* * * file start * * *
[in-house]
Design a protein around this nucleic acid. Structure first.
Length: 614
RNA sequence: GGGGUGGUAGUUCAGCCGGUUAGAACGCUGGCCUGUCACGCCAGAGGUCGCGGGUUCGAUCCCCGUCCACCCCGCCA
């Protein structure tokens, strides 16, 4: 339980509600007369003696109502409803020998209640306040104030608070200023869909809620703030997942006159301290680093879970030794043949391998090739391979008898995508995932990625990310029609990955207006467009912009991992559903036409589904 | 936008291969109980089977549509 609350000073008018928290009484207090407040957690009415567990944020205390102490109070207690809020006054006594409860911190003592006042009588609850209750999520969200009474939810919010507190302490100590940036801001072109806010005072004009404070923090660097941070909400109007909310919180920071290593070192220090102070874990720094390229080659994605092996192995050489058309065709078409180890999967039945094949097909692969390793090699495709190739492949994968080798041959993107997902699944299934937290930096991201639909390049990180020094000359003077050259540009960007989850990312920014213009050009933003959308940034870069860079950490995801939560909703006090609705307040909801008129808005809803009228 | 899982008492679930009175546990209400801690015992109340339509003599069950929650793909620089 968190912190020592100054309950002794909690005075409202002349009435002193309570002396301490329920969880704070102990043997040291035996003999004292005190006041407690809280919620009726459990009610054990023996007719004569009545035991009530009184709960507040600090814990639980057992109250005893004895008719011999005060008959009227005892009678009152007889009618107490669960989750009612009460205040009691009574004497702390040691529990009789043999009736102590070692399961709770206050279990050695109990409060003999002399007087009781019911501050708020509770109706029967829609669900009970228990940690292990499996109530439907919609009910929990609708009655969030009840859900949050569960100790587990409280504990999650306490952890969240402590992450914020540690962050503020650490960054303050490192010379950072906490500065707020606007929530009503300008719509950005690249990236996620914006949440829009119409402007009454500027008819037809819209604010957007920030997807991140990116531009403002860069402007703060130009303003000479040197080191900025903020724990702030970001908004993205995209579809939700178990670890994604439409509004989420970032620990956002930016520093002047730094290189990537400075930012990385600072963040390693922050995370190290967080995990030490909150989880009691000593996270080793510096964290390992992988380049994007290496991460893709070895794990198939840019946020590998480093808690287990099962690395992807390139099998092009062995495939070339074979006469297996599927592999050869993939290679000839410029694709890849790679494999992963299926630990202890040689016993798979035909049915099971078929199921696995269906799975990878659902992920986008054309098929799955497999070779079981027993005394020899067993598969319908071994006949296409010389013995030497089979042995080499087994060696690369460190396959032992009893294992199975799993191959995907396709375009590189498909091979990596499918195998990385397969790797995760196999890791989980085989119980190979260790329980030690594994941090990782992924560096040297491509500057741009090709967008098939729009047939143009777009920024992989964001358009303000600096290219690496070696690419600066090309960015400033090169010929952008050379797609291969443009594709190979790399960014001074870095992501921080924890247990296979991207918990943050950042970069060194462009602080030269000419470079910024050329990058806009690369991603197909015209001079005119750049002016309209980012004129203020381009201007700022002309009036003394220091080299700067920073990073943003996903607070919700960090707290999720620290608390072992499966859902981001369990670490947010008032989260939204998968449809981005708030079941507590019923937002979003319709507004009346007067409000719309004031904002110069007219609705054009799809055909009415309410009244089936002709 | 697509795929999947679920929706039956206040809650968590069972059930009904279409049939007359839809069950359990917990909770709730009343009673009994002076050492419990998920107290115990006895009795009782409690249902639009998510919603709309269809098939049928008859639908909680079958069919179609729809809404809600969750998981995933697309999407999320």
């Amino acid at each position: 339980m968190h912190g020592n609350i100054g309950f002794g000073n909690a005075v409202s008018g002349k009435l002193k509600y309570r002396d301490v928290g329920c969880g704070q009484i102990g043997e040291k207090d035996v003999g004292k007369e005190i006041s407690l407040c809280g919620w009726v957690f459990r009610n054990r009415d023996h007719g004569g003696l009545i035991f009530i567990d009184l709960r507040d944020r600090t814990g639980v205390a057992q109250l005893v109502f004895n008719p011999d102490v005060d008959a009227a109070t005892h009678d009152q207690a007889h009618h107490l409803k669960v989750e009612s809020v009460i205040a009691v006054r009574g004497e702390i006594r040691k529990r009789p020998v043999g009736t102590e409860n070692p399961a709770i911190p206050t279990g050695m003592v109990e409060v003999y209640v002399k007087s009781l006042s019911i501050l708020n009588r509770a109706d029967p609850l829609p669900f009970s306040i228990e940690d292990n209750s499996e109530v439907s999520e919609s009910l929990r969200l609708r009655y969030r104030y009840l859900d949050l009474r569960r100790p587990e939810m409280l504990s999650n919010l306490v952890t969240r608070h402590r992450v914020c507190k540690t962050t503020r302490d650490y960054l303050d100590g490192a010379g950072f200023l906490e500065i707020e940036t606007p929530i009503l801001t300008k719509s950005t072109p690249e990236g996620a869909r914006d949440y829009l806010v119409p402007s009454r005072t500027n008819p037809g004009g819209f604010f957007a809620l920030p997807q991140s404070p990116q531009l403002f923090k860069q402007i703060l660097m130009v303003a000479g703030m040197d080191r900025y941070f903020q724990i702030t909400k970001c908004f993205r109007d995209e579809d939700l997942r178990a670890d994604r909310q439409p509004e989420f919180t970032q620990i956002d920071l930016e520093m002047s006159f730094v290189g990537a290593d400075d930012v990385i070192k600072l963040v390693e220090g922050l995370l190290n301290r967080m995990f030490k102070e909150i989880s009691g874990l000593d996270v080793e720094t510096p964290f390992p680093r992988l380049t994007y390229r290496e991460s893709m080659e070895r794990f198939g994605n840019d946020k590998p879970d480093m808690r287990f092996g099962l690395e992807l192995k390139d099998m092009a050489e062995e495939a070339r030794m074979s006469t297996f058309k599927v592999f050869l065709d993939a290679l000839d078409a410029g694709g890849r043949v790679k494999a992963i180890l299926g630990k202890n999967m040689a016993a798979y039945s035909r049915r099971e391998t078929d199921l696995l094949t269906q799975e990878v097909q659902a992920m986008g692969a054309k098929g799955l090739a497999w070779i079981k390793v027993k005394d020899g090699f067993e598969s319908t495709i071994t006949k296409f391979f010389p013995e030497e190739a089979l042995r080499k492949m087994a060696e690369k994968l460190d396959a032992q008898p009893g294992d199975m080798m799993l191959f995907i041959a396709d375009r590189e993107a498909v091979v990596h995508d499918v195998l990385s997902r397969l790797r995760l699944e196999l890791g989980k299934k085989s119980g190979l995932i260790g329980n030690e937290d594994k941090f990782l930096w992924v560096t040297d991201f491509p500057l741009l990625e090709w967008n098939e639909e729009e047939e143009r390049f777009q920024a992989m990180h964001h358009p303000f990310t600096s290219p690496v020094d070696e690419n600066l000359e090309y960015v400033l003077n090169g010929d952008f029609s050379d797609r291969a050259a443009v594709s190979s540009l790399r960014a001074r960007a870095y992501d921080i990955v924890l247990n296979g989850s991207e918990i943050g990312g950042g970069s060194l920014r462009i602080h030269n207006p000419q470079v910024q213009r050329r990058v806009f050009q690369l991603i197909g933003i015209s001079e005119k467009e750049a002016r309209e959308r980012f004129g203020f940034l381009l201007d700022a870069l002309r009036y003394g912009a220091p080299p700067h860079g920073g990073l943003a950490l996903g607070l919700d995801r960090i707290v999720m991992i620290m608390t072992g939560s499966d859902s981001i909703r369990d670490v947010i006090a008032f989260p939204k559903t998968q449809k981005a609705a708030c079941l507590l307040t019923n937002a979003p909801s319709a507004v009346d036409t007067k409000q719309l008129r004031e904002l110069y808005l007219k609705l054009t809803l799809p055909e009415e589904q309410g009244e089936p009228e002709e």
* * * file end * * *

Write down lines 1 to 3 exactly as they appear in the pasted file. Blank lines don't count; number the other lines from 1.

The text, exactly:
[in-house]
Design a protein around this nucleic acid. Structure first.
Length: 614